State Assemblyman Ryan Peters, of Burlington, who served overseas as a Navy SEAL, led the charge to get Pilla and Smith honored statewide.
“Many of our heroes fighting for us in foreign lands are often nameless to the general public,” Peters said of Pilla and Smith in May, according to SenateNJ.com. “When people make the ultimate sacrifice these two men made, they deserve to be known.
“Every October 3rd, I propose the State of New Jersey celebrates the courageous lives of Sergeant Dominick Pilla and Corporal Jamie Smith. I can’t think of two people more deserving of this honor,” Peters continued.
Jennifer Pilla said Peters’ effort came out of the blue after the assemblyman read about her efforts to rename the Vineland school.
“He said if Vineland is not going to recognize your brother, I want to do it at a state level and that’s how that got started,” she said. “I can’t thank people enough who supported this.”
While there may be other nominations to be considered, Pilla said she feels her brother’s life story would be ideal for the students who would be attending the school.
“People who served with him spoke so highly of him and how he motivated them,” Pilla wrote. “He was just a born leader. He was a mentor to all of these guys who were struggling with the physical aspects of it and the mental aspects.
“I just think he’s such a good candidate, not only because he died. Unfortunately, that is one of the criteria, you have to be dead five years. It’s more than that. I think it’s more about his character and the person that he was. He could be a role model for students going to that school presently,” she added.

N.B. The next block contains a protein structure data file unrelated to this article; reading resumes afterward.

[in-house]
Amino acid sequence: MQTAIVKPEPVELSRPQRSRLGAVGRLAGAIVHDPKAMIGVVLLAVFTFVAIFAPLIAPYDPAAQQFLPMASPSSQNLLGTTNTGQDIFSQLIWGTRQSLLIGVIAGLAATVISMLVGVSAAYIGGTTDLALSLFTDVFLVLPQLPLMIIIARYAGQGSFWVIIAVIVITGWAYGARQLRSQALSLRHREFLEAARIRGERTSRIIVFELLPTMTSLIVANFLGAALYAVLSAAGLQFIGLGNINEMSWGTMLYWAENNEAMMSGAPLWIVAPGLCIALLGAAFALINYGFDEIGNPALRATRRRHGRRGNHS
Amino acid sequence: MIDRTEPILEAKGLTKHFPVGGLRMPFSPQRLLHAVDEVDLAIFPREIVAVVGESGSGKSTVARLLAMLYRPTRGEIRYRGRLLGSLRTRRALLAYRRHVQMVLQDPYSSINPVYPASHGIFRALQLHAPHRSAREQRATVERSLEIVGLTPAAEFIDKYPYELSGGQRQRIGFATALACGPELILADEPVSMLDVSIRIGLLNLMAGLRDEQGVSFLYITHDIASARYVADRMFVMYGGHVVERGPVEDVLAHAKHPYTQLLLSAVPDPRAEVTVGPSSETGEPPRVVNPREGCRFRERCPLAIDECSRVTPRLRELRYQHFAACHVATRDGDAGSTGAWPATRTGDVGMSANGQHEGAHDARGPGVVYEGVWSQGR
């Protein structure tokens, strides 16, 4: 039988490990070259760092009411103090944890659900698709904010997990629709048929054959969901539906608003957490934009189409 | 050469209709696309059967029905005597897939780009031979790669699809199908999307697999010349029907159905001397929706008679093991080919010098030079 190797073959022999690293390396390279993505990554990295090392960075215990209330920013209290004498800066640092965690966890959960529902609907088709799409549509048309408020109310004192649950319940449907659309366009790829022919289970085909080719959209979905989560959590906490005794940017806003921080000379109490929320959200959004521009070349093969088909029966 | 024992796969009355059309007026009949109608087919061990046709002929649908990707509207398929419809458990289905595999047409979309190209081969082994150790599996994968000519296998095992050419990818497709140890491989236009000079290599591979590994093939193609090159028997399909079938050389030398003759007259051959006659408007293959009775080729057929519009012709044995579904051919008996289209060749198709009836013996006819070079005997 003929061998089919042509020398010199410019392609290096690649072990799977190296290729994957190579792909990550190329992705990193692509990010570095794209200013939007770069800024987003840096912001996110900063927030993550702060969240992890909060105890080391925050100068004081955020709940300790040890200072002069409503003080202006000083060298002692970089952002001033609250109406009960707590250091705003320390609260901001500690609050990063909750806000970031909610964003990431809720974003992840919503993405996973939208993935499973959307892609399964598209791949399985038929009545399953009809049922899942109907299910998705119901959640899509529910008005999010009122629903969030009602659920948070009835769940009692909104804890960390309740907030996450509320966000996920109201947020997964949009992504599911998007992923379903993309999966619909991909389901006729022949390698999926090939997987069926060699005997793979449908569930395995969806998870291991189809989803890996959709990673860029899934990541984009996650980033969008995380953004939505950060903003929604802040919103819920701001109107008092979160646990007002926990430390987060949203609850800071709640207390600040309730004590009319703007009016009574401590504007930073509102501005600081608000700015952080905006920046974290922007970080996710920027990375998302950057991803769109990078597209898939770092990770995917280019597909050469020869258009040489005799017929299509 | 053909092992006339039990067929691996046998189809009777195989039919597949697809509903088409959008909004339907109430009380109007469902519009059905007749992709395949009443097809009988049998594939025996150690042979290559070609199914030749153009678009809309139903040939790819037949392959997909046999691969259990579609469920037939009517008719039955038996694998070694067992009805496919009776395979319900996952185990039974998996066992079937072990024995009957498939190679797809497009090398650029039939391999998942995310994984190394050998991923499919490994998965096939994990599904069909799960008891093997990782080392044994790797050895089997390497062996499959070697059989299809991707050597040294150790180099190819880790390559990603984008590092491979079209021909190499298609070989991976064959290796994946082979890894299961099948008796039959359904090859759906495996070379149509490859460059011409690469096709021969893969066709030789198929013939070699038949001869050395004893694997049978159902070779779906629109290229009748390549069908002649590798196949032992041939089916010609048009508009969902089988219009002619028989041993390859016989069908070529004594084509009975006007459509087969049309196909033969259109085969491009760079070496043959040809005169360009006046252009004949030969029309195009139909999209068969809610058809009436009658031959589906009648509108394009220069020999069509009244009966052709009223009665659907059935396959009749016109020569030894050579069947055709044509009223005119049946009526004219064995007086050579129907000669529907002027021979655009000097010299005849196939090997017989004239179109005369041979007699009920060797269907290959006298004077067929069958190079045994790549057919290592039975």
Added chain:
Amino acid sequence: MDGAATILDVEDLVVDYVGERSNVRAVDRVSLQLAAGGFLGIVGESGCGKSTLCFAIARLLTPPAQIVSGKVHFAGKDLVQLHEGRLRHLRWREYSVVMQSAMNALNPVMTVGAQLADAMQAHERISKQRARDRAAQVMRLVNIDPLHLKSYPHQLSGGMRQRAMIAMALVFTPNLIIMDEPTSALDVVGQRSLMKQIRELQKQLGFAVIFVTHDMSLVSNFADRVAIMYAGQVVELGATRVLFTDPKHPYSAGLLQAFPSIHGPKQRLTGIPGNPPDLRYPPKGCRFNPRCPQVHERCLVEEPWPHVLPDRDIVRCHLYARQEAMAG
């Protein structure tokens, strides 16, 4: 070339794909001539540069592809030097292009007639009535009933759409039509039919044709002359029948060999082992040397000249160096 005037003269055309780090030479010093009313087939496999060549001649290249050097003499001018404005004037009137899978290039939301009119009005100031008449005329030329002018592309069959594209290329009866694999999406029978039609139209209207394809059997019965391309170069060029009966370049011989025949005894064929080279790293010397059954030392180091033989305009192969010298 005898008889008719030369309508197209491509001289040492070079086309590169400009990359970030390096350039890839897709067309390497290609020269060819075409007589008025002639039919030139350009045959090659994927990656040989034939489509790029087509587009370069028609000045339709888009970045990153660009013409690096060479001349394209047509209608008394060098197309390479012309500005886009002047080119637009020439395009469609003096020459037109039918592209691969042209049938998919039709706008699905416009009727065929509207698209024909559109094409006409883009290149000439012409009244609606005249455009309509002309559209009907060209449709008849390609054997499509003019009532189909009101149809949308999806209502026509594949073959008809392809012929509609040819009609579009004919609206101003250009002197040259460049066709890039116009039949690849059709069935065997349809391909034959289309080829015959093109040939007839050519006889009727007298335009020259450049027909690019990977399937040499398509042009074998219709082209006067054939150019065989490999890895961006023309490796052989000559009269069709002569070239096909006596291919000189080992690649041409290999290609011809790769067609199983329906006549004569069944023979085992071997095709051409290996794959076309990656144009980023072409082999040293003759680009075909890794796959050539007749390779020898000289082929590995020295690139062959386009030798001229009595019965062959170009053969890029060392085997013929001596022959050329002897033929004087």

There is some opposition to the Pilla renaming. Board member Chris Jennings, who cast the lone no vote at July’s meeting, has said he wants all veterans to be acknowledged and believed the process could limit that ability.
“[Dominick Pilla] was a regular kid from average means. We didn’t grow up with much. A lot of the kids in Vineland can relate to that,” Jennifer Pilla said of why she thinks her brother’s nomination will stand out.
“The military is a way to get an education and I think he would be an example of something they could aspire to be,” she added.
In the end, Pilla said that she hopes the board decides to give the school a name from those recommended.
“The support from the community has been overwhelming,” Pilla said. “The board could decide not to name it at all. I think Lincoln Avenue is a cop out. I hope they do name it after someone.”